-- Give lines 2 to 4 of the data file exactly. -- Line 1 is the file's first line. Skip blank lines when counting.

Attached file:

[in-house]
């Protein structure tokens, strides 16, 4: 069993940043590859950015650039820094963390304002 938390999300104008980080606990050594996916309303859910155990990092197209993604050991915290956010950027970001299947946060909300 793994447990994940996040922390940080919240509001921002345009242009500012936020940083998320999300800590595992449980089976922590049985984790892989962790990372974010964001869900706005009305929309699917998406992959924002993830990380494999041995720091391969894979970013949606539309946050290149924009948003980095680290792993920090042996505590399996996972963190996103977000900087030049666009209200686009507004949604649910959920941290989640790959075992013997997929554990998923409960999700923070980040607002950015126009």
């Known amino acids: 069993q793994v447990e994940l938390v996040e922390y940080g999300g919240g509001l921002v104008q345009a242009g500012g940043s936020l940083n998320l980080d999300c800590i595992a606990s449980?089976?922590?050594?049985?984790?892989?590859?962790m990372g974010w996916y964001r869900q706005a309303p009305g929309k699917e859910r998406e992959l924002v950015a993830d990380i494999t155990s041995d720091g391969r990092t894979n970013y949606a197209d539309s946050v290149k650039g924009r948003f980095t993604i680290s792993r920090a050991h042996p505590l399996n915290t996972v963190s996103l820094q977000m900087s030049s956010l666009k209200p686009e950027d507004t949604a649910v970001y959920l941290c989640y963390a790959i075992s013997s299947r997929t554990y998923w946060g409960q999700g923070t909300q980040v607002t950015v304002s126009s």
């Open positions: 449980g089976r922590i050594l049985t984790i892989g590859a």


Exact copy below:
């Protein structure tokens, strides 16, 4: 069993940043590859950015650039820094963390304002 938390999300104008980080606990050594996916309303859910155990990092197209993604050991915290956010950027970001299947946060909300 793994447990994940996040922390940080919240509001921002345009242009500012936020940083998320999300800590595992449980089976922590049985984790892989962790990372974010964001869900706005009305929309699917998406992959924002993830990380494999041995720091391969894979970013949606539309946050290149924009948003980095680290792993920090042996505590399996996972963190996103977000900087030049666009209200686009507004949604649910959920941290989640790959075992013997997929554990998923409960999700923070980040607002950015126009």
């Known amino acids: 069993q793994v447990e994940l938390v996040e922390y940080g999300g919240g509001l921002v104008q345009a242009g500012g940043s936020l940083n998320l980080d999300c800590i595992a606990s449980?089976?922590?050594?049985?984790?892989?590859?962790m990372g974010w996916y964001r869900q706005a309303p009305g929309k699917e859910r998406e992959l924002v950015a993830d990380i494999t155990s041995d720091g391969r990092t894979n970013y949606a197209d539309s946050v290149k650039g924009r948003f980095t993604i680290s792993r920090a050991h042996p505590l399996n915290t996972v963190s996103l820094q977000m900087s030049s956010l666009k209200p686009e950027d507004t949604a649910v970001y959920l941290c989640y963390a790959i075992s013997s299947r997929t554990y998923w946060g409960q999700g923070t909300q980040v607002t950015v304002s126009s």
């Open positions: 449980g089976r922590i050594l049985t984790i892989g590859a």